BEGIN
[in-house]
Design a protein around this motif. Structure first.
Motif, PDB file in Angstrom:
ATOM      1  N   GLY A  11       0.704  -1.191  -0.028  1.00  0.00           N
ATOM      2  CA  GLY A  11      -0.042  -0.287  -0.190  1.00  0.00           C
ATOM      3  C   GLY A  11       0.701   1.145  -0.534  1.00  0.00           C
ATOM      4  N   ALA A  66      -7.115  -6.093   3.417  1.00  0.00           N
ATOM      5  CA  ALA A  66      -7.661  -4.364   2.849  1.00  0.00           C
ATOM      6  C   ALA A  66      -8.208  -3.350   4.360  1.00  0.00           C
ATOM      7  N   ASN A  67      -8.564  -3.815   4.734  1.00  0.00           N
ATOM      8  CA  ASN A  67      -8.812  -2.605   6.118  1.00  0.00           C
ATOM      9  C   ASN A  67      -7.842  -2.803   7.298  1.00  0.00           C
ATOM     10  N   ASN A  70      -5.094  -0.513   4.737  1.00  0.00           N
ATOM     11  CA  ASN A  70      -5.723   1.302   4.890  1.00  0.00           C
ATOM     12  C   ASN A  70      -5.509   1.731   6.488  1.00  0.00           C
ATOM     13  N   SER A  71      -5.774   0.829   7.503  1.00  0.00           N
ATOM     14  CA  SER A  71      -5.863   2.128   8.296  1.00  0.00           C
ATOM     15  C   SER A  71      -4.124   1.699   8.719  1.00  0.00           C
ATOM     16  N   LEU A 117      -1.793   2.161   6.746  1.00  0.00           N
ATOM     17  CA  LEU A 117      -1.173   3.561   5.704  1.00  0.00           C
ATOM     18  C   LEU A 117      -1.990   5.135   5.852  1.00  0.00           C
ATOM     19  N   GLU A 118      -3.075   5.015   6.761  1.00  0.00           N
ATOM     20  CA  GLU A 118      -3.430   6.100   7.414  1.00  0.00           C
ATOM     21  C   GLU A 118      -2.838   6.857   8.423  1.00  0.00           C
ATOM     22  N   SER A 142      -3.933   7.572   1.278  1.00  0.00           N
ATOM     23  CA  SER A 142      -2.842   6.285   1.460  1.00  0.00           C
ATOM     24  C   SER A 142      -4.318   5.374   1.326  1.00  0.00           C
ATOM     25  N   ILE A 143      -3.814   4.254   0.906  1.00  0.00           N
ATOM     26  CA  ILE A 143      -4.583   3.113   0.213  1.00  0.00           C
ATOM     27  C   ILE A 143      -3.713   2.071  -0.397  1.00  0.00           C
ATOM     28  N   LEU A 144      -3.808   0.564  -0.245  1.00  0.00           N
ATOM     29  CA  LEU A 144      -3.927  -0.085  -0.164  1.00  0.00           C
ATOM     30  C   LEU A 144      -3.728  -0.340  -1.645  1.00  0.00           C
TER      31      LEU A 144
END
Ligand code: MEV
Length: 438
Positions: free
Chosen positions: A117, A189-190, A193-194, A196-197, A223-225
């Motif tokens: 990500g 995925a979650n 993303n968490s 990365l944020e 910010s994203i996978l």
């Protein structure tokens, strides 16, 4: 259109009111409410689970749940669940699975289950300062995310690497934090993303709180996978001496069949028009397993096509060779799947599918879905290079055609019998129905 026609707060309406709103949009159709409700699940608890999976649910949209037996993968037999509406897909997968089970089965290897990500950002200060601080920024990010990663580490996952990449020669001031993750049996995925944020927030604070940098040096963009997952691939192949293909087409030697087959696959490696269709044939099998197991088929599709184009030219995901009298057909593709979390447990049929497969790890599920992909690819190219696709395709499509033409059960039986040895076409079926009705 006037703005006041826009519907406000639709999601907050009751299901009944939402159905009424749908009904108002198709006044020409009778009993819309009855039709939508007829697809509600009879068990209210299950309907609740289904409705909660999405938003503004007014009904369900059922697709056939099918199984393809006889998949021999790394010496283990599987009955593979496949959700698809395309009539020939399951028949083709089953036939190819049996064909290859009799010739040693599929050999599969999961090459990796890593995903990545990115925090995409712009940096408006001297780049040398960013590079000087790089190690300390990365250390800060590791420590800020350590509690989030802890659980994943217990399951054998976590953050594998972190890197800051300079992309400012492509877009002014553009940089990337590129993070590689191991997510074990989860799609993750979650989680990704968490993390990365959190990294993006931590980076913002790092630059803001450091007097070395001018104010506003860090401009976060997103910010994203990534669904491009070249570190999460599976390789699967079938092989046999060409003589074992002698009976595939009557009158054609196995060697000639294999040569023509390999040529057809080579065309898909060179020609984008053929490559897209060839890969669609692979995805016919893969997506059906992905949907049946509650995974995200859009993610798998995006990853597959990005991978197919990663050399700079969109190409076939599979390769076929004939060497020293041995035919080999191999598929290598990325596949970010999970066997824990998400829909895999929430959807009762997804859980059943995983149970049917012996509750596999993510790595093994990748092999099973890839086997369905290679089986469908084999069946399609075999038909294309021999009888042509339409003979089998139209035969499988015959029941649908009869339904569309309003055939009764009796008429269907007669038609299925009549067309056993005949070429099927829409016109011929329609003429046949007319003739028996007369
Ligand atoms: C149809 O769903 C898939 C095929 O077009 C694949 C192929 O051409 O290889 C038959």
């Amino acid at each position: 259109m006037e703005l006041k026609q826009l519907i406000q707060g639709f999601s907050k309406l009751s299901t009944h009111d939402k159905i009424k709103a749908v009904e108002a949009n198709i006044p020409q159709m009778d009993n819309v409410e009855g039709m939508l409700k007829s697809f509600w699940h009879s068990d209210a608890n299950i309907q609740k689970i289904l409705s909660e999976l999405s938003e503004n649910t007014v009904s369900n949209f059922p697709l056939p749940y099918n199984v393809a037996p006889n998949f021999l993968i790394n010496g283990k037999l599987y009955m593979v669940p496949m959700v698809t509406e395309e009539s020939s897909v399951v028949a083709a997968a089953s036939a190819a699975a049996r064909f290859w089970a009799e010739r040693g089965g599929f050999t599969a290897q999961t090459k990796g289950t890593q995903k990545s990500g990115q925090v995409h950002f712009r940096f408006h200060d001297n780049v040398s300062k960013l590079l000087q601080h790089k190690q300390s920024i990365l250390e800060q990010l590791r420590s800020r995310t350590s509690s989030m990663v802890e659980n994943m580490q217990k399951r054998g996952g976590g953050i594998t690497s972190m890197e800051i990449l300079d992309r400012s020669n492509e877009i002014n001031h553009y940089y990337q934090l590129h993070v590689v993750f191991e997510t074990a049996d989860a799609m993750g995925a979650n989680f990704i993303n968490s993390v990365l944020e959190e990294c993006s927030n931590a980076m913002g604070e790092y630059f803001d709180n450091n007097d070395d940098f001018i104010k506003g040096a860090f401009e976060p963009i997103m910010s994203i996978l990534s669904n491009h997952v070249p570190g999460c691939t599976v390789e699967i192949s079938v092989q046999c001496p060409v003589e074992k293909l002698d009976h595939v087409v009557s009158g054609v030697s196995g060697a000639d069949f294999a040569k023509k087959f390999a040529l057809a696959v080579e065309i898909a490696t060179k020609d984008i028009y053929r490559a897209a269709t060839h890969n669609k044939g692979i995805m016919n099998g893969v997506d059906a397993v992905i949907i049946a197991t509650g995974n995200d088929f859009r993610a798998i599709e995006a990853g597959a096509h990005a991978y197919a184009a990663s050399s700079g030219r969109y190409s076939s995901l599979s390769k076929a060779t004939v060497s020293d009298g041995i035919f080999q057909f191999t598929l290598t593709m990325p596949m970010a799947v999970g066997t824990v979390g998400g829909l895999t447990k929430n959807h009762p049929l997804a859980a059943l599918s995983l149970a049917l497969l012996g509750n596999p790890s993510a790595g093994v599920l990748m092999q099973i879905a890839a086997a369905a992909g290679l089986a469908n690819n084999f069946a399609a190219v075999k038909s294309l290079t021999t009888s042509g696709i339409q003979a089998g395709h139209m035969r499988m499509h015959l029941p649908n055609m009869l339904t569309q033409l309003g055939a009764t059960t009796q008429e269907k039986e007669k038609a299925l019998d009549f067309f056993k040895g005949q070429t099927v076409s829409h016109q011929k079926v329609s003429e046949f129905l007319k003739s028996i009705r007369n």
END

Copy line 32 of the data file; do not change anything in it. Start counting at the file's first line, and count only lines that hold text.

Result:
ATOM     29  CA  LEU A 144      -3.927  -0.085  -0.164  1.00  0.00           C